Keyshawn Woods couldn't make himself watch basketball.
He didn't want to watch any more conference tournaments after Michigan State beat Ohio State, 77-70, to eliminate the Buckeyes from the Big Ten tournament on Friday.
"I just didn't want to think about if we were going to get in (the NCAA tournament), if we wasn't going to be in," Woods said on Sunday. "My approach was come here, find out if we're in and prepare from there. Like, I didn't want to think about all the possibilities of this team winning, this team losing, this, this, I ain't want to do all those factors."
Most bracket projections had Ohio State in the field of 68 teams, but a level of uncertainty remained.
Woods didn't just hope the Buckeyes made the NCAA tournament. Many months prior, he had made the decision to transfer from Wake Forest to Ohio State solely because he wanted to go to the Big Dance in March.
“The reason he came here was to play in the NCAA tournament,” Chris Holtmann said. “It was the reason basically. It wasn't me. He basically came here and said, 'Hey, I'm putting my faith in you that I can get there and play.'"
Holtmann didn't exaggerate.
“It was the whole reason why I chose to be a Buckeye,” Woods said.
By Sunday night, Woods had his answer.
He laid down on the ground in front of a television in Holtmann's house, gathered around it with the rest of his team. Kaleb Wesson sat on the ground beside him, and the rest of the team surrounded them in a semi-circle.
Woods, typically stoic on the court, couldn't hold back any emotion when he saw Ohio State pop up on the NCAA tournament selection show as a No. 11 seed facing Iowa State on Friday in Tulsa, Oklahoma. He popped up into an upright position on the ground as a wide smile came across his face, beginning to clap and only stopping hitting his hands together when he and Wesson began to high-five about a half-dozen times in a three-second span.
“We was just happy," Woods said. "We was just really, really happy that our name came across the screen. We had a great moment as a family, as a Buckeye family.”
Holtmann felt relieved when he saw his team's name appear on the television screen on Sunday after a "miserable" two-day waiting period.
Some of that sudden calmness came because he no longer had to worry about not getting the Buckeyes to the tournament and potentially not helping Woods achieve that goal he set out to conquer. Woods has played on one NCAA tournament game – a First Four game in Dayton – and he wanted one final opportunity as a fifth-year senior.
“You feel that responsibility as a coach, you do,” Holtmann said. “I mean, you feel it to all of your guys. Obviously players win games. We know how special he was really the last two days, but certainly Indiana, and he was off to a great start in the Michigan State game until some things got in the way of that. But he was tremendous.”
Without Woods, Ohio State would never have have been in the position it was in on Sunday. The Buckeyes wouldn't have had a chance to make it.
In the third game of the season, Woods dropped a season-high 19 points, hitting 7-of-13 shots from the field and adding four assists and three rebounds to help propel Ohio State to a 69-60 win against Creighton. He scored 18 points in a 10-point win against Illinois in December and dropped 13 points the next game, a two-point vin versus Bucknell.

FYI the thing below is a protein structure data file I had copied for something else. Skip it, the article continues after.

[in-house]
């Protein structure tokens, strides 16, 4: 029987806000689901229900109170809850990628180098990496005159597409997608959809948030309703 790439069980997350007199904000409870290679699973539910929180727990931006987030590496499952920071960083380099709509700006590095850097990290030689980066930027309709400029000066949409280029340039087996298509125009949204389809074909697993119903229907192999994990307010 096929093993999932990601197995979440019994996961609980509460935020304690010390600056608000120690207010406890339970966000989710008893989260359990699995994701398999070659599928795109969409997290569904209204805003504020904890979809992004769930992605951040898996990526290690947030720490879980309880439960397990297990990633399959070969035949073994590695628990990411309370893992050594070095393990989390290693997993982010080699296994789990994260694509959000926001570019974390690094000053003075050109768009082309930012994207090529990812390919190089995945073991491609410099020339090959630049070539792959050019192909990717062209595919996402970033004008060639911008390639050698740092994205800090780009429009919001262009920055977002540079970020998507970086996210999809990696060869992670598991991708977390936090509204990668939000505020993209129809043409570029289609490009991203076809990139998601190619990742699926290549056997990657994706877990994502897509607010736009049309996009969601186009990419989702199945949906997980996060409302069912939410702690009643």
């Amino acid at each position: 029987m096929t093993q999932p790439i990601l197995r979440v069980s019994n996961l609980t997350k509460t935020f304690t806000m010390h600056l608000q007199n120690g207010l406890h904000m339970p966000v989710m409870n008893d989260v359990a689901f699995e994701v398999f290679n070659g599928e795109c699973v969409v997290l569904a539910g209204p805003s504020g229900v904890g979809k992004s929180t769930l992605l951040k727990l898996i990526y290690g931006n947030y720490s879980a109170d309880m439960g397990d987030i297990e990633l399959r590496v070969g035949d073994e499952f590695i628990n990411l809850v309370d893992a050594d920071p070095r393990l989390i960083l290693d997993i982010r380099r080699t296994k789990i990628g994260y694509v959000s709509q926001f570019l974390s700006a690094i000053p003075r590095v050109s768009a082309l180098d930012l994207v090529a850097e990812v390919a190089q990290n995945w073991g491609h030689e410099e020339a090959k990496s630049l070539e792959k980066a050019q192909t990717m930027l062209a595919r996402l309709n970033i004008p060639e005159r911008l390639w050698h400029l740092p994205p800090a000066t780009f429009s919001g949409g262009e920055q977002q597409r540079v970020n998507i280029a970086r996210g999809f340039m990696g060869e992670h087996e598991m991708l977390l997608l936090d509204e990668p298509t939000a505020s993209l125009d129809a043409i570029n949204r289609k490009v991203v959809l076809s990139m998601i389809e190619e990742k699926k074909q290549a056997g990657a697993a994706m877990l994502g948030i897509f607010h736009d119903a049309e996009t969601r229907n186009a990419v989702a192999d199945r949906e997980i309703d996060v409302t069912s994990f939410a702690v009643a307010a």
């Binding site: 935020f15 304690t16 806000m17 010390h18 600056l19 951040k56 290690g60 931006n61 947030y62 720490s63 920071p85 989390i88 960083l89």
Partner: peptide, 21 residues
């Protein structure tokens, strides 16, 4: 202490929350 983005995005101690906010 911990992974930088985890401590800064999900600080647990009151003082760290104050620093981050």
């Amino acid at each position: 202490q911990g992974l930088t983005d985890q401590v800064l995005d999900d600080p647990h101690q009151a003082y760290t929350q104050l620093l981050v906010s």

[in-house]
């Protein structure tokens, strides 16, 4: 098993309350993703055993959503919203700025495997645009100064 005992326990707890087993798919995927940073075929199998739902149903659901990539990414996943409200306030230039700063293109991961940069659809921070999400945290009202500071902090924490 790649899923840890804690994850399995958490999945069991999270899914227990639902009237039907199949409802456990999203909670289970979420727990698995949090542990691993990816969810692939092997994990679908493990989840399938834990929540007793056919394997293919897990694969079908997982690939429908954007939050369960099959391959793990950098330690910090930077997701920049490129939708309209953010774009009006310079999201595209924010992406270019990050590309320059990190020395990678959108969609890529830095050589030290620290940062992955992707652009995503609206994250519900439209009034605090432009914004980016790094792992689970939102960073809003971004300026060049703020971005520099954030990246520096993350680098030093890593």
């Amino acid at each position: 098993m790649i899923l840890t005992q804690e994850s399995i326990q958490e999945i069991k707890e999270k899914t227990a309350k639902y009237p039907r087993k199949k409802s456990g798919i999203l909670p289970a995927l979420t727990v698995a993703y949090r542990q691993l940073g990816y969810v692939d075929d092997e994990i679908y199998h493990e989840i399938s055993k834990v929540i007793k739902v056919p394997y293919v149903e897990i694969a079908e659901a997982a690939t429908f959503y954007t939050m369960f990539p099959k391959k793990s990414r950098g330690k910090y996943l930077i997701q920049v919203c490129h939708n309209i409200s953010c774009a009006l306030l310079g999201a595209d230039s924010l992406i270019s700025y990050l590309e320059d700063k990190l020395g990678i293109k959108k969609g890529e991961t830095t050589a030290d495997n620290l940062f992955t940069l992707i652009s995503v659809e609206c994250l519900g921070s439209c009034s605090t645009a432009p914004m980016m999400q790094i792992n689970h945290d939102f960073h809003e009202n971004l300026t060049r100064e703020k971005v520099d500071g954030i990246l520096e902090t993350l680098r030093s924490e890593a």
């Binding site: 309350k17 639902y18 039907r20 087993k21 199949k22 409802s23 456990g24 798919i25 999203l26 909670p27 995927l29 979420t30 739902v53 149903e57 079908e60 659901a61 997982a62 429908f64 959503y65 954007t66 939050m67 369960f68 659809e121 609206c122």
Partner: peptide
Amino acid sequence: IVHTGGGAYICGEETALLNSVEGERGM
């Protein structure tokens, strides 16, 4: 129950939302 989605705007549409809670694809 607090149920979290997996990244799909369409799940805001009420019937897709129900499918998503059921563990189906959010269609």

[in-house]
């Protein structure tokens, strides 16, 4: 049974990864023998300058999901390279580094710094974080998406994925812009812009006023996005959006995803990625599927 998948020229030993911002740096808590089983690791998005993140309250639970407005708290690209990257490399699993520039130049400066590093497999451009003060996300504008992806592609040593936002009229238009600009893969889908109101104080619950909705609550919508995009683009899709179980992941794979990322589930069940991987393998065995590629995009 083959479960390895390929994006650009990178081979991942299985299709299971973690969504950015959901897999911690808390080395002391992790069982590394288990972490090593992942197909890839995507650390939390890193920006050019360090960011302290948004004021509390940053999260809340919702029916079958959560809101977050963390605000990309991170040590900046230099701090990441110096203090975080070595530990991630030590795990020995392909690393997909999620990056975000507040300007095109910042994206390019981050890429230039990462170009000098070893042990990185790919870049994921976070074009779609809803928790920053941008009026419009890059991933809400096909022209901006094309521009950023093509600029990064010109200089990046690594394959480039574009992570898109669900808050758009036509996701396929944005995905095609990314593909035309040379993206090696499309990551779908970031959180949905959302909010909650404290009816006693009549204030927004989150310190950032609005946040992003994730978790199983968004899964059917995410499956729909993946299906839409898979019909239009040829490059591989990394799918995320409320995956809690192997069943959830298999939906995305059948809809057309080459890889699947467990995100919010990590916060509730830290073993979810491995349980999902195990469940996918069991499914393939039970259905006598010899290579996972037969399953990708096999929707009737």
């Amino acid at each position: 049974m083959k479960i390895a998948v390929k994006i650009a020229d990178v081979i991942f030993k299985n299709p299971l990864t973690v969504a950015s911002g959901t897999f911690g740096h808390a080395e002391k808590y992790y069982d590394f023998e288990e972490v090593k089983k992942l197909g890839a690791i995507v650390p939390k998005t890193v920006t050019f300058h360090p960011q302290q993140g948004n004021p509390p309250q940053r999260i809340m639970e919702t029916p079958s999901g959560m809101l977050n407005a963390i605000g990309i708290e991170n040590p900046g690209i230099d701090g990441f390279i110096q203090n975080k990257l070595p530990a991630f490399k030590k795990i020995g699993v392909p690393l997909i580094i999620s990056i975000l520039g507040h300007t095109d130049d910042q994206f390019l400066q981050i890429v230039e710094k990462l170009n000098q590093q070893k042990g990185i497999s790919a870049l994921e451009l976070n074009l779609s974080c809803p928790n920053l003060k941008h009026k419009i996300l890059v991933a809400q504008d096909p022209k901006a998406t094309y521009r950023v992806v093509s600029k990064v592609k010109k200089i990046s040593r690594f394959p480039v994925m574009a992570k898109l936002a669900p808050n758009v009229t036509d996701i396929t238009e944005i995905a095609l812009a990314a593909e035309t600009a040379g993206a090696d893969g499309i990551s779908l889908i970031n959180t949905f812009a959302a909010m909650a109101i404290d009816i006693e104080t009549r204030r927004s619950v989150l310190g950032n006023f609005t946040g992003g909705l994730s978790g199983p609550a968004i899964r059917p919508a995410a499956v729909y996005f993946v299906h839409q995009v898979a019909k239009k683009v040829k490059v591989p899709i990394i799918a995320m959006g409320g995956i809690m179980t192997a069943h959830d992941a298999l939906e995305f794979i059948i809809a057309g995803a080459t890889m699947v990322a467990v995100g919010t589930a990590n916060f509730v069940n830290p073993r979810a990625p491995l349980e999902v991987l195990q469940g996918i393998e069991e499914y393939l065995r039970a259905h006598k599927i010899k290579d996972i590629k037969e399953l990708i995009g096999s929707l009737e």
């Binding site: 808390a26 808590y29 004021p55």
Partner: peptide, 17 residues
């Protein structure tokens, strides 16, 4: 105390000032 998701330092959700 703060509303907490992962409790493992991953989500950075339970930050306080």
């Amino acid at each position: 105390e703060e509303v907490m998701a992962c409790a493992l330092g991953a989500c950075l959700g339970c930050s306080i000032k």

It's no secret that Woods endured prolonged struggles during the course of the season, scoring in double figures just once between Dec. 18 and Feb. 20, leading to him becoming a common target for fans angry about the team's nine losses in January and February. But near the end of the season, Woods found his groove.
In what was essentially an NCAA tournament play-in game against Indiana in the first round of the Big Ten tournament, Woods had arguably his best game as a Buckeye. He hit 9-of-13 shots for 18 points, also grabbing seven rebounds and dishing four assists.
"He doesn't show a lot of emotion, and I know you guys can tell that when he's playing," Kyle Young said after the win against Indiana. "But, you know, we just always tell him he can get to his spots and do what he did tonight. That pull-up, his little turnaround. Everything he does is critical in games like this for us to win. We just tell him stay confident, stay aggressive and get to his spots. When he plays (like that), he's at his best. He did that tonight, and it helped us get the win."
Woods dropped 16 points against Michigan State the next day, but he got into foul trouble and the Buckeyes lost by seven points. After the game while sitting in his locker, Woods was visibly devastated. He chose to transfer from Wake Forest to Ohio State to make the NCAA tournament, and he knew a win against the Spartans could've clinched an at-large bid.
So once he returned to Columbus, he couldn't watch basketball. Instead of sitting in front of his television, he saw "Captain Marvel" at a movie theatre – he said it was good, for those wondering – and spent the weekend resting and recovering from the back-to-back conference tournament games in Chicago on Thursday and Friday.
Sunday night, he and his team learned the news about making the NCAA tournament. Woods has never been to Tulsa, but he might be the happiest visitor the state of Oklahoma has seen.
“This season has been a grind,” Woods said. “It's been very up and down for all of us, and I feel like as a team we handled it the best we could with all the adversity that we hit. But this past week or so, just having the support of my teammates and them being on me all season about being aggressive or just be you, I mean I think that just really showed in those past two games with Indiana and Michigan State. I'm just excited. I get another opportunity to help lead this team to another win.”